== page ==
For No One

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"For No One"
For No One sheet music cover.jpg
Cover of the Northern Songs sheet music (licensed to Sonora Musikförlag)
Song by the Beatles
from the album Revolver
Released5 August 1966
Recorded9, 16 and 19 May 1966
EMI Studios
GenreBaroque pop
Producer(s)George Martin

"For No One" is a song written by Paul McCartney (credited to Lennon–McCartney) that originally appeared on the Beatles' seventh album, Revolver. A baroque pop song[1][2] about the end of a relationship, it was one of McCartney's most mature and poignant works upon its release. Mostly performed by the composer, the track is distinguished by its French horn solo, performed by Alan Civil and used as counterpoint in the final verse.

John Lennon said of the song, "One of my favourites of his—a nice piece of work."[3]

Writing and recording[edit]

McCartney recalls writing "For No One" in the bathroom of a ski resort in the Swiss Alps[4] while on holiday with his then girlfriend Jane Asher.[5] He said, "I suspect it was about another argument."[5] The lyrics end enigmatically with "...a love that should have lasted years..." The song's working title was "Why Did It Die?"[6] It is built upon a descending scale progression with a refrain that modulates to the supertonic minor.

The song was recorded on 9, 16 and 19 May 1966. McCartney sang and played clavichord (rented from George Martin's AIR company), piano and bass guitar, while Ringo Starr played drums, tambourine and maracas.[7][8] John Lennon and George Harrison did not contribute to the recording.[9]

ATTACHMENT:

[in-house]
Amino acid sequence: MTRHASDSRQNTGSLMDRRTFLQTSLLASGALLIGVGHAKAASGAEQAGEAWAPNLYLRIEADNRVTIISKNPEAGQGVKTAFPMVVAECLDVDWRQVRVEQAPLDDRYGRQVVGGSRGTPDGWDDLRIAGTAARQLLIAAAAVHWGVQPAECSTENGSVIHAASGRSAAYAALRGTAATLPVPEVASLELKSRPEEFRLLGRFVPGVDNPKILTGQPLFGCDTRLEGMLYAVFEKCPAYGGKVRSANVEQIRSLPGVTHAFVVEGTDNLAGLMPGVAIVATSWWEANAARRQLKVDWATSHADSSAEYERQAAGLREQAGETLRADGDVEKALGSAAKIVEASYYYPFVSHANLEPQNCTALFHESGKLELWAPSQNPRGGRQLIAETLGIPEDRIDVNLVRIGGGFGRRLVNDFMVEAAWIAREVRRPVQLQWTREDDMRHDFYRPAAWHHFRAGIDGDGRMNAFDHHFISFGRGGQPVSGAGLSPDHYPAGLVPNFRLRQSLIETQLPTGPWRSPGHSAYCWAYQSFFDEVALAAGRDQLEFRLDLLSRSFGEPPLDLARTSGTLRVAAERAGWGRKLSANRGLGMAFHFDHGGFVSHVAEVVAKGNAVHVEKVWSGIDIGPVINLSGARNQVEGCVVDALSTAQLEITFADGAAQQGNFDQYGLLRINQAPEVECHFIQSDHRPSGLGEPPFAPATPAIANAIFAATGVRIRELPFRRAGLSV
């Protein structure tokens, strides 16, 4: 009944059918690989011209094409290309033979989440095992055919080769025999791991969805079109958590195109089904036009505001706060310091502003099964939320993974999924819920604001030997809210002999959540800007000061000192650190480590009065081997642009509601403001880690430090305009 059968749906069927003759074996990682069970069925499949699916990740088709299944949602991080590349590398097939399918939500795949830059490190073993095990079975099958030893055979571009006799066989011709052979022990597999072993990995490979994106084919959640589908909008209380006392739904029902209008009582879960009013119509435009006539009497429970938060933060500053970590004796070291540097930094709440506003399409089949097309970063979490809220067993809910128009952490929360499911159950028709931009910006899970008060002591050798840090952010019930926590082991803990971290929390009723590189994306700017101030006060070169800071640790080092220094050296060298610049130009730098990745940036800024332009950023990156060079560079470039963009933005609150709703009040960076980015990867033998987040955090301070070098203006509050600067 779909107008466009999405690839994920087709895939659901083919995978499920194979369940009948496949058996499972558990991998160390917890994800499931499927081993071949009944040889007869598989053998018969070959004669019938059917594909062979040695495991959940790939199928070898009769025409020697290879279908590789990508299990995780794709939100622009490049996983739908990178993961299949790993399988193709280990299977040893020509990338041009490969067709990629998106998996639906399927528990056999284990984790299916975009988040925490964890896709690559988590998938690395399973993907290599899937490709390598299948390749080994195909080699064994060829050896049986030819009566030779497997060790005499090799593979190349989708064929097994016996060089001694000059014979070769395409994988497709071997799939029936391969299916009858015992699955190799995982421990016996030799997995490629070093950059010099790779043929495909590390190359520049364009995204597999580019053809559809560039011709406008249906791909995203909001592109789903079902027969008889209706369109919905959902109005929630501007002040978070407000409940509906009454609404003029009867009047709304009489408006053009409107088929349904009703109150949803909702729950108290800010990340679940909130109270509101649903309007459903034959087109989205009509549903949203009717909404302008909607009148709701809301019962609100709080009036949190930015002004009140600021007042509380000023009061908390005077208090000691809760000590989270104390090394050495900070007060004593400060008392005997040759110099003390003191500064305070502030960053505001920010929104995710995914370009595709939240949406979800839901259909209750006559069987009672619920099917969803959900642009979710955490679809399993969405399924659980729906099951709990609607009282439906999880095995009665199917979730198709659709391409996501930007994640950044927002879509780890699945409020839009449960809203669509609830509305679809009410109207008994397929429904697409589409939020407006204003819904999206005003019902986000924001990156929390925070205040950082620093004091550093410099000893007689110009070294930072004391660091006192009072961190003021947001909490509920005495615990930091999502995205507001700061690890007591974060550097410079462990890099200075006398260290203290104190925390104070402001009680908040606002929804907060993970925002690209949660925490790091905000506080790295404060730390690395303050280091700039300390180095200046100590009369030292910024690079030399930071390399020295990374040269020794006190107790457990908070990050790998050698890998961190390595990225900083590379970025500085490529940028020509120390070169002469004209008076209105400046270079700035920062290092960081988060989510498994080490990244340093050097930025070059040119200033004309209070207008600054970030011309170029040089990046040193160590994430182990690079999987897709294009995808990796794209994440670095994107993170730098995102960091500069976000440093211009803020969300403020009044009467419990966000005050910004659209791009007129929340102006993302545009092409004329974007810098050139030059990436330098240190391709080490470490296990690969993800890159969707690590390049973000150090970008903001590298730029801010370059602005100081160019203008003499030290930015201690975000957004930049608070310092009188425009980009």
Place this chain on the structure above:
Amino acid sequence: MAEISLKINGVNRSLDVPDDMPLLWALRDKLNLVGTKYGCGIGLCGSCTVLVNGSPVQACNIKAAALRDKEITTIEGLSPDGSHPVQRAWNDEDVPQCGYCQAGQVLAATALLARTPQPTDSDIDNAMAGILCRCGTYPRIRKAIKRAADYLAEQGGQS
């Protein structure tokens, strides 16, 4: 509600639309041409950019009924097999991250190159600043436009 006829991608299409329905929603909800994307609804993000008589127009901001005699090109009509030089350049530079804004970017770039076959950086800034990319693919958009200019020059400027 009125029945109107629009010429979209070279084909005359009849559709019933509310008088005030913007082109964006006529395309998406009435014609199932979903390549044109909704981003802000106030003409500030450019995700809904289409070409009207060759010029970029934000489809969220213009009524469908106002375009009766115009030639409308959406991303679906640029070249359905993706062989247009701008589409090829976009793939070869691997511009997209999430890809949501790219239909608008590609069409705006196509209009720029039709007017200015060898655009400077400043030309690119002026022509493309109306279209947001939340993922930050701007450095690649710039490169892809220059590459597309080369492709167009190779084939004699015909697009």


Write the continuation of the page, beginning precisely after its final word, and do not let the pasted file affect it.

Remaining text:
The French horn solo was by Alan Civil, a British horn player described by recording engineer Geoff Emerick as the "best horn player in London".[10] During the session, McCartney pushed Civil to play a note that was beyond the usual range of the instrument. According to Emerick, the result was the "performance of his life."[10] Civil said that the song was "recorded in rather bad musical style, in that it was 'in the cracks', neither B-flat nor B-major. This posed a certain difficulty in tuning my instrument."[11]


Personnel per Ian MacDonald[13]


  1. ^ "Steve Smith: Wyman and Taylor join the Rolling Stones onstage; Coldplay takes a break". Archived from the original on 3 December 2012. Retrieved 7 May 2016.. Pasadena Star-News. 29 November 2012.
  2. ^ Parsons, Matthew (7 January 2016). "25 classical pieces with surprising Beatles connections". CBC Music. Retrieved 7 May 2016.
  3. ^ The Beatles 2000, p. 209.
  4. ^ The Beatles 2000, p. 207.
  5. ^ a b Miles 1997, p. 289.
  6. ^ Dowlding 1989, p. 142.
  7. ^
  8. ^
  9. ^ Lewisohn 1988, pp. 78–79.
  10. ^ a b Emerick & Massey 2006, pp. 128–129.
  11. ^ Lewisohn 1988, p. 79.
  12. ^
  13. ^ MacDonald 2005, pp. 205–206.


External links[edit]